I don’t usually eavesdrop on conversations, but when someone is talking loud enough for me to hear, it’s on them — right? So, I’m listening to this guy tell a friend that as he is now in his 50s, he has recently discovered self-respect, and having done so, has put his wife and his twenty-something aged kids on notice that if they dare to disrespect him, they are all going to be sorry. He isn’t going to take it anymore. But wait, there’s more!
Not only is his family now on notice, but he isn’t taking it from anybody else either. He says he found himself on a surface street that is being blocked by two cars, one headed in one direction and one headed in the other, and they’re having a conversation. When the one headed in the opposite direction moved, he drove around the person that had been blocking him, yelling something out the window at the driver. The driver catches up to him and starts yelling at him.
The storyteller eventually chases this other car into a cul-de-sac where they are both stopped with the cars facing each other. The yelling continues until the passenger in the other car gets out and pulls a gun on the guy telling the story, who then backs his car out of the cul-de-sac and goes home. But he feels vindicated, even though he almost got himself shot, because he wasn’t going to put up with being disrespected.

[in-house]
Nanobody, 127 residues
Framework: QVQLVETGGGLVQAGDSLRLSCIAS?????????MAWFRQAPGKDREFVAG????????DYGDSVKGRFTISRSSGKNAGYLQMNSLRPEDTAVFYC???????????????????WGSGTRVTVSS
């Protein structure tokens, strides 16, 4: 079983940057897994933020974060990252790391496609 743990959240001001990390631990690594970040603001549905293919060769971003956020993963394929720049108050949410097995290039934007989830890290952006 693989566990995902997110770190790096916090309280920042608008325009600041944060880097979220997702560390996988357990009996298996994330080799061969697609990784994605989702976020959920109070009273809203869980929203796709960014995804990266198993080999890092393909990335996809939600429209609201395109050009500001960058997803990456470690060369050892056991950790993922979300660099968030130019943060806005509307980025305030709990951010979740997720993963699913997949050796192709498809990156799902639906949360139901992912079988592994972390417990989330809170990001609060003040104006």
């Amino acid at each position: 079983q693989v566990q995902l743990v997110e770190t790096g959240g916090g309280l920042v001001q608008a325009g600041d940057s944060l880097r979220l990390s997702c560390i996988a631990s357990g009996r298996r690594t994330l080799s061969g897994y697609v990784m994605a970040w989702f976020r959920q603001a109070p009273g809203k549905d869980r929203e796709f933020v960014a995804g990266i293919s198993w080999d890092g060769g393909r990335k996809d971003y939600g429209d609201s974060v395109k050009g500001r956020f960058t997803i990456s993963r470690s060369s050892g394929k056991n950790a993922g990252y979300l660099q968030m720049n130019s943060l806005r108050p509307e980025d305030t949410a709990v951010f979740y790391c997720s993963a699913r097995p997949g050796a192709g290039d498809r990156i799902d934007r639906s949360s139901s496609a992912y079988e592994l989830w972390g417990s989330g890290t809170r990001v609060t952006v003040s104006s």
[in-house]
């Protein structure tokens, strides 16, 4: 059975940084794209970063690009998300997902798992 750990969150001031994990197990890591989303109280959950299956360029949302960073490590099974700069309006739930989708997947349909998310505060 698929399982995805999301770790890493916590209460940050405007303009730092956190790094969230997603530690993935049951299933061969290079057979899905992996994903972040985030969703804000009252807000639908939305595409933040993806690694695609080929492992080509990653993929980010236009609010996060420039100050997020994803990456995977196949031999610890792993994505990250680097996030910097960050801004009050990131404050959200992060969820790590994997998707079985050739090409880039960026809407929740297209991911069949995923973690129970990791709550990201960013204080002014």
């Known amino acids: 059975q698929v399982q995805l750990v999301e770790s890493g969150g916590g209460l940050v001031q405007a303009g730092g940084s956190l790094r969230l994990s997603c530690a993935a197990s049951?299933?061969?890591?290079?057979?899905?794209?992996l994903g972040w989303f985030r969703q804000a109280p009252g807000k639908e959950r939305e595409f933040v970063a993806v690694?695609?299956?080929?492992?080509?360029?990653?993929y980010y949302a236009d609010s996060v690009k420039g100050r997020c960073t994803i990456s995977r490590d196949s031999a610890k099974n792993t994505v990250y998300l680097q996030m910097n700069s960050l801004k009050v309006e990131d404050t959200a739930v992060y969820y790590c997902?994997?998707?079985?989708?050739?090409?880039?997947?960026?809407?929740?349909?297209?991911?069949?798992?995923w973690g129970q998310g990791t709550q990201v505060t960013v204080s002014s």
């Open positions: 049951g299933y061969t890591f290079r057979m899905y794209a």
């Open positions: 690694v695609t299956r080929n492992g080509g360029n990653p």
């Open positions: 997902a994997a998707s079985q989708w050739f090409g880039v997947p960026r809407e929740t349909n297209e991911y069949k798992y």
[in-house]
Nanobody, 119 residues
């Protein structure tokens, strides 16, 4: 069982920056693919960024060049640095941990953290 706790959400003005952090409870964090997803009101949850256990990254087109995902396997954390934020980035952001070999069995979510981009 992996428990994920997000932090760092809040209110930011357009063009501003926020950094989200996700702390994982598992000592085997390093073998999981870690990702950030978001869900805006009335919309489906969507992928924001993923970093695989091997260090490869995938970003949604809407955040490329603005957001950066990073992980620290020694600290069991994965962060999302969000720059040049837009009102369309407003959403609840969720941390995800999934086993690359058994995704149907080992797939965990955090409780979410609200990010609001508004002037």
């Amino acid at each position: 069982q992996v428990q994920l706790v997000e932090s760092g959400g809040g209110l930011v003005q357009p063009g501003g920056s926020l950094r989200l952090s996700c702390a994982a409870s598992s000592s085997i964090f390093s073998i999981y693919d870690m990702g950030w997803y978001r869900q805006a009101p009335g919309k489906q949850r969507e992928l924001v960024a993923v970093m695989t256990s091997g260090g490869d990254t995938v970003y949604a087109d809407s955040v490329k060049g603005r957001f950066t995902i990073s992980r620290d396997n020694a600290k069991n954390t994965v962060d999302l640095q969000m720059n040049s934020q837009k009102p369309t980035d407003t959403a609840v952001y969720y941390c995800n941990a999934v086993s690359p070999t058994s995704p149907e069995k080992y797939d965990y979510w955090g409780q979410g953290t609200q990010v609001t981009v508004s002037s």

Respect is not something you can demand any more than you can demand that someone trust you. Respect, like trust, is earned — first from the self and then from others. It is not unlike understanding; if you want people to understand you, you must first seek to be understanding of others. People who can’t or won’t treat others with respect, as clichéd as it sounds, usually have no idea what respect means or don’t respect themselves.
So, where to start? Step one is to honestly and appropriately express all of your emotions. First you have to be able to correctly identify what you are feeling. Are you angry or are you sad? Are you happy or just content? Are you really hurt or just disappointed? Once you have identified what you are feeling, then express it appropriately. If I am angry or confused, sometimes just the admission of that can help clear it. If I acknowledge I am angry with myself or someone else, or I’m confused about something, then I can do something about it.
I will earn respect from myself for having identified the feeling and moving beyond it. But if I scream and holler at you because I am angry at you or I punish myself because I am angry with me, I am inflicting pain by my inappropriate expression and there is no basis there for earning respect from myself.
Further, too many people — like our friend above — get the idea in their heads that “out of self-respect, I get to tell you what a no good, dirty rotten, low down ass I really think you are.” That isn’t acting out of self-respect, that’s acting out of judgment and ego.